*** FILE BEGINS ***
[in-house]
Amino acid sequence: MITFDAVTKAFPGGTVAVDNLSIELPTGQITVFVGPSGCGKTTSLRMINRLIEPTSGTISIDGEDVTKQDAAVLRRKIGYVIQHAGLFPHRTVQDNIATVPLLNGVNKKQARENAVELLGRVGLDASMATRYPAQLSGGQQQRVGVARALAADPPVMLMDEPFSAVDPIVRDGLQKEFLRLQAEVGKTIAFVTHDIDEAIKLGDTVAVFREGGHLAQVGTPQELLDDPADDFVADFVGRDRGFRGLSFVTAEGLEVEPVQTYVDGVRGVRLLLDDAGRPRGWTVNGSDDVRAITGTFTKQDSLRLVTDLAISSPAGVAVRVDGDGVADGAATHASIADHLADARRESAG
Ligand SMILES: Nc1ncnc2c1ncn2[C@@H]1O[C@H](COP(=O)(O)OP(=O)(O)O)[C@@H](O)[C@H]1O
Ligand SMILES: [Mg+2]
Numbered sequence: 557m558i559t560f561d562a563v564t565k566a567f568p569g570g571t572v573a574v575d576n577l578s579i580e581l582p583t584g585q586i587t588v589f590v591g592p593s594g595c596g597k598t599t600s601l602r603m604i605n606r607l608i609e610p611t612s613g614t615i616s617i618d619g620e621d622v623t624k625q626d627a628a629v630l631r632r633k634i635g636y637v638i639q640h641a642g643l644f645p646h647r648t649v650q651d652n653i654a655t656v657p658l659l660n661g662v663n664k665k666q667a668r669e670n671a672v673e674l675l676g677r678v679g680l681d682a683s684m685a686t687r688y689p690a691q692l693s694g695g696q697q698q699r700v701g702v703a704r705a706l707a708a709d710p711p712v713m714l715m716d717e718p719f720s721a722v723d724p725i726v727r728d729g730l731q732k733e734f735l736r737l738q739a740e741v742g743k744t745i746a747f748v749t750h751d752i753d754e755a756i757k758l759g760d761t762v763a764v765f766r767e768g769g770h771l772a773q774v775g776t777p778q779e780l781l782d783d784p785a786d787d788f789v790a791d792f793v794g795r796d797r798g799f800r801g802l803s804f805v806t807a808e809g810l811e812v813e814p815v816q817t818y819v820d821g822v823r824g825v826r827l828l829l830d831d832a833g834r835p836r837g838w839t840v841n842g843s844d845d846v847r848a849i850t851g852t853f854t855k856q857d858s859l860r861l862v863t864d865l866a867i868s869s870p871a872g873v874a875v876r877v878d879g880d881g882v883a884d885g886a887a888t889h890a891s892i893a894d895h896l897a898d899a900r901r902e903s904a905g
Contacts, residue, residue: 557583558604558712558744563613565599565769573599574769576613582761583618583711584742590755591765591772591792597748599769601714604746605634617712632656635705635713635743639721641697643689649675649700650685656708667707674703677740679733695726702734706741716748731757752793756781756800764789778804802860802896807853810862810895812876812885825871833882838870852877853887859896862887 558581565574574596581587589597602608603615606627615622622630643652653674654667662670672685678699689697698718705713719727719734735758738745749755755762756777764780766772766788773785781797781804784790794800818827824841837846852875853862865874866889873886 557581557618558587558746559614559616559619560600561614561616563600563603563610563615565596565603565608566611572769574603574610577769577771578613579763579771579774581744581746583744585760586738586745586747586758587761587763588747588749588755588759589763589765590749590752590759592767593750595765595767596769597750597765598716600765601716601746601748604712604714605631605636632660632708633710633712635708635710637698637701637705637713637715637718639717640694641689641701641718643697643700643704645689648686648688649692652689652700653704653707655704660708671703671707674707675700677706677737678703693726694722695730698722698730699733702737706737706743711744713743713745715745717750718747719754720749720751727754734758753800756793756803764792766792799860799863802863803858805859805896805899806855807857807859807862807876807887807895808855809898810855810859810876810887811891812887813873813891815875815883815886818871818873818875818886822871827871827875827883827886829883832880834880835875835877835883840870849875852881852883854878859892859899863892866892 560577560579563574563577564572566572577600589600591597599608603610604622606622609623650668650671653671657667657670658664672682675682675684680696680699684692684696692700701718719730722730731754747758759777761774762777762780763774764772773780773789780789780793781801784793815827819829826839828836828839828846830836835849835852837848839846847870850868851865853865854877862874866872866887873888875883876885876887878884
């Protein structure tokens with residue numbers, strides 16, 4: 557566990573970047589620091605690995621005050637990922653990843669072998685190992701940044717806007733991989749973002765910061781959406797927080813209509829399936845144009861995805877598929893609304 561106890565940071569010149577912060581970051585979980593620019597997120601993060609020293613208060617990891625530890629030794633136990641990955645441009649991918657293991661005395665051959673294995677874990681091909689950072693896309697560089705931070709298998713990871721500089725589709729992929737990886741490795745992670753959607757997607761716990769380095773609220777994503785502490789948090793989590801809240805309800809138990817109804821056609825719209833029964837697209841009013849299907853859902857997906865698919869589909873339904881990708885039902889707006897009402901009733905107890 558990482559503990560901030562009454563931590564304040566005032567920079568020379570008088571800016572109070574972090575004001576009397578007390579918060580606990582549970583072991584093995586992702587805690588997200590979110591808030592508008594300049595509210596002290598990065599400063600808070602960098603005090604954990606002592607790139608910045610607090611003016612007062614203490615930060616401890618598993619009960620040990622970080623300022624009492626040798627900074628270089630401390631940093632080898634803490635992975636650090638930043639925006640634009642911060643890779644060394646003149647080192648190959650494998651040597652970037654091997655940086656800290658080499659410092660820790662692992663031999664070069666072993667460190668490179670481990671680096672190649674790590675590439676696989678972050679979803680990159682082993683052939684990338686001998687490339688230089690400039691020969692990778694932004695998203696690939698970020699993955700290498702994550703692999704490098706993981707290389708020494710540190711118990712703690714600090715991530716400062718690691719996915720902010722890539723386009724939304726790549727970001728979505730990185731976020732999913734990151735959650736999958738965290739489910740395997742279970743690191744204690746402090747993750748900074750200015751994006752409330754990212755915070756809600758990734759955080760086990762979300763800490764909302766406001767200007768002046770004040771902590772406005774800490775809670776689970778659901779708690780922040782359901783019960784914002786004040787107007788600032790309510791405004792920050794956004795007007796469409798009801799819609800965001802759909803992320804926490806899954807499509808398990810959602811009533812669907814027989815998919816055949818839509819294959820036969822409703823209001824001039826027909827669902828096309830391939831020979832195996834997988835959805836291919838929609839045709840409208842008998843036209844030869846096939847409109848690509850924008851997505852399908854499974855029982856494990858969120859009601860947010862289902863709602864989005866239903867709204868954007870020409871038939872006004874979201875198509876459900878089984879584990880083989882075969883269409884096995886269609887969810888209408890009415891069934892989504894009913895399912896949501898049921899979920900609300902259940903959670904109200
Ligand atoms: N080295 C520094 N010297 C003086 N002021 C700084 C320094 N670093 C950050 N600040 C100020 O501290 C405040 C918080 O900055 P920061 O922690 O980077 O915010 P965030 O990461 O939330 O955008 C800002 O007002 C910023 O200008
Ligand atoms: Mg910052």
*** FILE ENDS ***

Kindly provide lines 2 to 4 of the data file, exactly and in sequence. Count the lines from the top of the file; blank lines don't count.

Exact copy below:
Amino acid sequence: MITFDAVTKAFPGGTVAVDNLSIELPTGQITVFVGPSGCGKTTSLRMINRLIEPTSGTISIDGEDVTKQDAAVLRRKIGYVIQHAGLFPHRTVQDNIATVPLLNGVNKKQARENAVELLGRVGLDASMATRYPAQLSGGQQQRVGVARALAADPPVMLMDEPFSAVDPIVRDGLQKEFLRLQAEVGKTIAFVTHDIDEAIKLGDTVAVFREGGHLAQVGTPQELLDDPADDFVADFVGRDRGFRGLSFVTAEGLEVEPVQTYVDGVRGVRLLLDDAGRPRGWTVNGSDDVRAITGTFTKQDSLRLVTDLAISSPAGVAVRVDGDGVADGAATHASIADHLADARRESAG
Ligand SMILES: Nc1ncnc2c1ncn2[C@@H]1O[C@H](COP(=O)(O)OP(=O)(O)O)[C@@H](O)[C@H]1O
Ligand SMILES: [Mg+2]